You can taste the difference in locally grown and harvested produce. When it comes to lobster and scallops, we know that the cold water of the Bay of Fundy produces excellent shellfish. Likewise, New Brunswick’s maple syrup, fiddleheads and blueberries are recognized for their high quality. All of these delicious foods are grown and harvested in Albert County. Local food tastes great.
Local food is fresh.
Much of the food at supermarkets comes from other provinces or countries, and may have been in transit for days. Even local food sold at the supermarket is rarely as fresh as food sold at a farm stand, U-pick, farmers’ market or local lobster shop.
Wouldn’t you rather choose fresh, rather than food that has spent days or weeks in shipping or storage?
Local food is often a healthy choice.
Simple meals featuring the intense flavour of local fruits and vegetables are much healthier than processed foods containing high levels of sodium, fat and/or sugar, and don’t require the unhealthy additives to improve the taste.
Eating local is better for the environment.
Shipping food over long distances burns fossil fuels and contributes to global climate change. Also, food is often damaged during transportation and this contributes to food waste.
Eating and buying local food can be a social event.
Buying food from your neighbours gives you an opportunity to connect with your community and build stronger relationships. Farmers’ markets and community suppers become social outings where you spend time with friends, neighbours and other community members.
Seasonal eating keeps us in touch with nature.
When you eat local food, you adjust your diet according to the seasons:
- Spring means fiddleheads, maple syrup, strawberries and salads
- Mid-Summer brings goosetongue and samphire greens, raspberries, blueberries, beans, peas and carrots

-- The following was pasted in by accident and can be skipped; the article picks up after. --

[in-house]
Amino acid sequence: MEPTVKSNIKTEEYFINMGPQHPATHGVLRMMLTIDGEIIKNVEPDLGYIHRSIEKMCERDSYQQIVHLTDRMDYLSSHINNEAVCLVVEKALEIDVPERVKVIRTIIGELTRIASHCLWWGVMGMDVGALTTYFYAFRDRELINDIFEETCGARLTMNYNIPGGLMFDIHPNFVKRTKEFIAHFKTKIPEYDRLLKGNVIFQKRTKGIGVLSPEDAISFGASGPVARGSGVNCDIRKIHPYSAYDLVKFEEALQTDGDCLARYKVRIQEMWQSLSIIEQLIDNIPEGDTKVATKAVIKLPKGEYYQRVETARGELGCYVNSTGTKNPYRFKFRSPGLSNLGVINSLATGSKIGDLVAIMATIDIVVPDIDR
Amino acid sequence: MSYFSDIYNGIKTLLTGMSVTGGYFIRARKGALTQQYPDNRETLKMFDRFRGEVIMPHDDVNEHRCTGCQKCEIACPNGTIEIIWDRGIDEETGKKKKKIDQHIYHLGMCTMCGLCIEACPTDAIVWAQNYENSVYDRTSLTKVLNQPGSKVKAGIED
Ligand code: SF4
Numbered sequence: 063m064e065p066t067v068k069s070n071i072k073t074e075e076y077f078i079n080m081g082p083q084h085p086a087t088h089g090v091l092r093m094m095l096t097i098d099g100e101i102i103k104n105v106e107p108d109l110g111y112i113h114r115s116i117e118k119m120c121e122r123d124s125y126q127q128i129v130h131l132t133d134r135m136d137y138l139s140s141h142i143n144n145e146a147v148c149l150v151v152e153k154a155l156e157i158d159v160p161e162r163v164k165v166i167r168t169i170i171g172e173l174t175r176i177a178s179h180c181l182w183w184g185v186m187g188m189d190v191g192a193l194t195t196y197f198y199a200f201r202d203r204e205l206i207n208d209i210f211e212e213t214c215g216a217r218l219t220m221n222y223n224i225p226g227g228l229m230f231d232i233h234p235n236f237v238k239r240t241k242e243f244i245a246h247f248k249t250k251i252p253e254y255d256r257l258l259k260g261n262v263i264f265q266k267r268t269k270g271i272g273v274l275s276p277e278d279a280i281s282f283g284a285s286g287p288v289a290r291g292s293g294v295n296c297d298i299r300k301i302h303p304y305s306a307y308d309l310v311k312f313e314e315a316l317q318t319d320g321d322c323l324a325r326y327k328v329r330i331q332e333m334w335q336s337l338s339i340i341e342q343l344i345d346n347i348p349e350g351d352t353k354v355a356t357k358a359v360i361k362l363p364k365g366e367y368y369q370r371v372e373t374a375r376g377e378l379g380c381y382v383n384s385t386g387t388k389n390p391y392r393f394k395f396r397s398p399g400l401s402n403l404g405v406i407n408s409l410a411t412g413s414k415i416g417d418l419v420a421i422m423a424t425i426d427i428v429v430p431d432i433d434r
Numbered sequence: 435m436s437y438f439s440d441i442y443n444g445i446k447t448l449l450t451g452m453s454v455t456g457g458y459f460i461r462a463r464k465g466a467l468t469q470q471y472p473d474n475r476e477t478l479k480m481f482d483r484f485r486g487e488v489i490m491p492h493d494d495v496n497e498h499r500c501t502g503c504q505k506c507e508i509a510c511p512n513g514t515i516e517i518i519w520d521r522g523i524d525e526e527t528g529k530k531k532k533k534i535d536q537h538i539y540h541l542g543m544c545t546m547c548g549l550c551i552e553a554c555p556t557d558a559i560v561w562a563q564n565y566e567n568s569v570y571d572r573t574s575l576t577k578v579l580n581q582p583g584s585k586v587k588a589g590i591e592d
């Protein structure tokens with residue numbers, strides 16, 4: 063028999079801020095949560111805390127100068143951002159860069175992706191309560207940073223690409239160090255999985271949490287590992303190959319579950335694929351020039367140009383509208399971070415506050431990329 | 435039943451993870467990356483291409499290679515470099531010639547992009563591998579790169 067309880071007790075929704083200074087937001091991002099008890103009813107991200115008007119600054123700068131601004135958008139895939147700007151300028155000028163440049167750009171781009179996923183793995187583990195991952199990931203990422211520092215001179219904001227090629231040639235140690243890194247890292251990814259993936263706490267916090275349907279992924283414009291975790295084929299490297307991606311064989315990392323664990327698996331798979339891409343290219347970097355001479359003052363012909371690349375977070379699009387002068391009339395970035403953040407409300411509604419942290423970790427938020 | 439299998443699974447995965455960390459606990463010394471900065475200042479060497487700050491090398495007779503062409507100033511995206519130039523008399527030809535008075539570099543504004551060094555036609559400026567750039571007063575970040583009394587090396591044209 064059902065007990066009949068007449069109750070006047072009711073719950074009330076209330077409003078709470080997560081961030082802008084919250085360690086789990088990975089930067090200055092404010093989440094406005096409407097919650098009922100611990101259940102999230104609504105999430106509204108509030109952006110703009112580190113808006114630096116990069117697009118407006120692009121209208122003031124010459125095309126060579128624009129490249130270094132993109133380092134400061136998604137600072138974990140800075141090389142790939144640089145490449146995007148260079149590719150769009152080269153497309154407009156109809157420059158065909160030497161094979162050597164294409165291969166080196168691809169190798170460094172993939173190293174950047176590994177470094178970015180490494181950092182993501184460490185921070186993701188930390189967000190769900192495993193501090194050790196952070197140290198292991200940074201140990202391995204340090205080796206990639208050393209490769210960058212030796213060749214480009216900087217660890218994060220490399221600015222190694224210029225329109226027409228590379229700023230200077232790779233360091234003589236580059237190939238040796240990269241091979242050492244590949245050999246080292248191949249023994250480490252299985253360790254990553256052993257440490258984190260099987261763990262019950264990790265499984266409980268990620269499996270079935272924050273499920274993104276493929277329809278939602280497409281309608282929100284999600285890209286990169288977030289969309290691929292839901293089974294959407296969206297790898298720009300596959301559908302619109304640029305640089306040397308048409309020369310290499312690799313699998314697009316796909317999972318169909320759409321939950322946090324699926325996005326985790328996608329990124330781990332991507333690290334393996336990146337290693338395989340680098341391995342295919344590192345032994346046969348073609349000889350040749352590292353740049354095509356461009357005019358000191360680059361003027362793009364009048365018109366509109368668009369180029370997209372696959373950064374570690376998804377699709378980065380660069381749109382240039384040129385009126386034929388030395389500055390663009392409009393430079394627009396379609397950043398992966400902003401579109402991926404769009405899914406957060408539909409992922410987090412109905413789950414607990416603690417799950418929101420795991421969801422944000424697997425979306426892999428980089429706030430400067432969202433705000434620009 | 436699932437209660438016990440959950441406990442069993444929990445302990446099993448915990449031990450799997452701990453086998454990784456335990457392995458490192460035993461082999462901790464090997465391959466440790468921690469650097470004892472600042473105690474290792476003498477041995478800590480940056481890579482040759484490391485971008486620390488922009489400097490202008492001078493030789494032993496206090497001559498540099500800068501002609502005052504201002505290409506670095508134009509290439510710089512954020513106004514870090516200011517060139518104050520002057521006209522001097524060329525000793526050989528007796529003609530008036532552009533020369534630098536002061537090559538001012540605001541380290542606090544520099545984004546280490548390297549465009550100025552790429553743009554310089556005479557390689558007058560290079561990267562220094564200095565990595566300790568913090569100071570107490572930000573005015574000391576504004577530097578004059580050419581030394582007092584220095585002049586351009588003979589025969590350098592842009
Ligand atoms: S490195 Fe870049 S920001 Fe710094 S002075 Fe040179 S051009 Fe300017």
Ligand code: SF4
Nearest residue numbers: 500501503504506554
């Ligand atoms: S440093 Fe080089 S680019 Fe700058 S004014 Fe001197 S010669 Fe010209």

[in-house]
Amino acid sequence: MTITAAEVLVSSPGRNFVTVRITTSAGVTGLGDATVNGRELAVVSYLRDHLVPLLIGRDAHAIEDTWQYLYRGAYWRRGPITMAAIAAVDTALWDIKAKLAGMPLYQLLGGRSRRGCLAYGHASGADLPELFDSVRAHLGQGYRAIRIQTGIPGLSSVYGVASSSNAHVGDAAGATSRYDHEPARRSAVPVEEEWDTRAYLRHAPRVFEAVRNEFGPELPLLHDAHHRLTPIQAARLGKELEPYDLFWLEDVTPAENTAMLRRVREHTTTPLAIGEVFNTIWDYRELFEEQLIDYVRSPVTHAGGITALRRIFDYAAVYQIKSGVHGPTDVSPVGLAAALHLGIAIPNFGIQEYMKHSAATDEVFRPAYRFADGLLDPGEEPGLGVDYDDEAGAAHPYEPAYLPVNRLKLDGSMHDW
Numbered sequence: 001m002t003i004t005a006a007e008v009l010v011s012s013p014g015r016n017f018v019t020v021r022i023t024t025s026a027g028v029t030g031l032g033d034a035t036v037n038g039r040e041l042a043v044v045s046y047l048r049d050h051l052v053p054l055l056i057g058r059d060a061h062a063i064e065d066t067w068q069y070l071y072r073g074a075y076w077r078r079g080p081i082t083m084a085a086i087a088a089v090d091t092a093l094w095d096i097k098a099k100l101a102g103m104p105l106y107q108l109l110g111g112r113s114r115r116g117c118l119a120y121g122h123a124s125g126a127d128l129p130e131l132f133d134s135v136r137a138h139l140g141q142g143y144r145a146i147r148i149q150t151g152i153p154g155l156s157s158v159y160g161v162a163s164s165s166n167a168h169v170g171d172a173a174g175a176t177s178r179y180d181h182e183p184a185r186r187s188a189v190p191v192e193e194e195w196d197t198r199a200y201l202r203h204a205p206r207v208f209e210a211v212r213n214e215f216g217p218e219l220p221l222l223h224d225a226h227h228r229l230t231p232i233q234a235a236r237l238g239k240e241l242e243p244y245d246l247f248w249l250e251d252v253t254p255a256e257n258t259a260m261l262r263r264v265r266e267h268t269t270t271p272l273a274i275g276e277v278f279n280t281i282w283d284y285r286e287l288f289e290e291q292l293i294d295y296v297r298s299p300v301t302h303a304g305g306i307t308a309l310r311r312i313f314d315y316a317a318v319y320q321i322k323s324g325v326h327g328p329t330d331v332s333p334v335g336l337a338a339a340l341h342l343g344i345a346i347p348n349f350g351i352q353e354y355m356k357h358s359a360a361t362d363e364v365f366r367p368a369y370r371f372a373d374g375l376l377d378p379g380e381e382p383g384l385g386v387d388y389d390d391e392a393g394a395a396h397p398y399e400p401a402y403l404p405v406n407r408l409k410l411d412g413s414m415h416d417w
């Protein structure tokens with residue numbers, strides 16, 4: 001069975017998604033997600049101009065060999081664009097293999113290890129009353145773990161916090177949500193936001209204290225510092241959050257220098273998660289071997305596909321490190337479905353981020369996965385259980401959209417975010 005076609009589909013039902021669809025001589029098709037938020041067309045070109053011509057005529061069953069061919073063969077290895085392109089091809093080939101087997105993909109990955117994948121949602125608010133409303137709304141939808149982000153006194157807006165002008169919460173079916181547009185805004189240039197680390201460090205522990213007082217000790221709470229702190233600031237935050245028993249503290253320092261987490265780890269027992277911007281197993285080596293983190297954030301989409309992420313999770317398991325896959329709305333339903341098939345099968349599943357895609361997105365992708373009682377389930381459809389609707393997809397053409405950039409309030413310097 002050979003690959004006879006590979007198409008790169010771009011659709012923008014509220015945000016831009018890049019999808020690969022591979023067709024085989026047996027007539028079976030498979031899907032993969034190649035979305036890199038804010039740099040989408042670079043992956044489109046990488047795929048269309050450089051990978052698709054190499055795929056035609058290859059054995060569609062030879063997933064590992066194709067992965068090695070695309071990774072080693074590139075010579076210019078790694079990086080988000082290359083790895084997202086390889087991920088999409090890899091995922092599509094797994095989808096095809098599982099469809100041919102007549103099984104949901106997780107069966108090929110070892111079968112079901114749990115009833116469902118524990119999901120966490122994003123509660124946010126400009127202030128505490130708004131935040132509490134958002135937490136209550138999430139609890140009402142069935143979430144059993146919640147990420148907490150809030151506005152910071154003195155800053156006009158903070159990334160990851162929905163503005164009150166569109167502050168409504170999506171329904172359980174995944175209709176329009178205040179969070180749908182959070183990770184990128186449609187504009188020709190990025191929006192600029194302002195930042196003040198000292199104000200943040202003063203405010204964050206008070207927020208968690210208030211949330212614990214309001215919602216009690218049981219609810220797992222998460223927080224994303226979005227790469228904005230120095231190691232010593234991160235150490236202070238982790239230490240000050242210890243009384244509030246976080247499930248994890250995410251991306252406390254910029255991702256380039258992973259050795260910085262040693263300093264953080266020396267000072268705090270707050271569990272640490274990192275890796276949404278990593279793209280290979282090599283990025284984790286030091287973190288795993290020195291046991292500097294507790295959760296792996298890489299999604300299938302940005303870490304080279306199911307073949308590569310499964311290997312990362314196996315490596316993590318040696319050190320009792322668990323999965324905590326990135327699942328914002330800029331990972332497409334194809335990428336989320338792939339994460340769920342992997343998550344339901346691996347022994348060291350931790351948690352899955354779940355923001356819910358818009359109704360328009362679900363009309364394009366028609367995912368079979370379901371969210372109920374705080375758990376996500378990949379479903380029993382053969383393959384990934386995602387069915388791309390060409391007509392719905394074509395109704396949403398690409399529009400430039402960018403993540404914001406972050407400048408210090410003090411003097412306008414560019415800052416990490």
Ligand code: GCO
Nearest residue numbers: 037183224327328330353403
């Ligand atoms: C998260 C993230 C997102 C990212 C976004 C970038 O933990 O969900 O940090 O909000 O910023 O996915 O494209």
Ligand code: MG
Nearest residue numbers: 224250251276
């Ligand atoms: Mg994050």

- Late summer brings us bushels of tomatoes, cucumbers, corn, zucchini and winter squash
Local eating is traditional.
A hundred years ago, almost all the food eaten in Albert County was locally grown. We now grow more types of vegetables, but we still use our traditional recipes to cook foods in season, such as hodgepodge in early summer and root vegetable stew in the winter.
By buying local food, you support your local economy.
When you buy local food, you get to know and support the people who grow, make or catch your food. You also contribute to the whole economy of the region. For example, when you buy food at the farmers’ market, the farmer might then spend money at the local hardware store. The store owner hires local employees and perhaps purchases more locally produced goods.
Keeping money in Albert County allows more people to make a living here. The result? More people might choose to live in our beautiful corner of the world. A larger population helps create a more vibrant community and strengthens our ability to keep schools, post offices, health clinics, libraries and other services.
Submitted by Janet Wallace and first printed in Fresh from Fundy: Celebrating the Foods of Albert County.
For more information on local food production, see Foods of the Fundy Valley.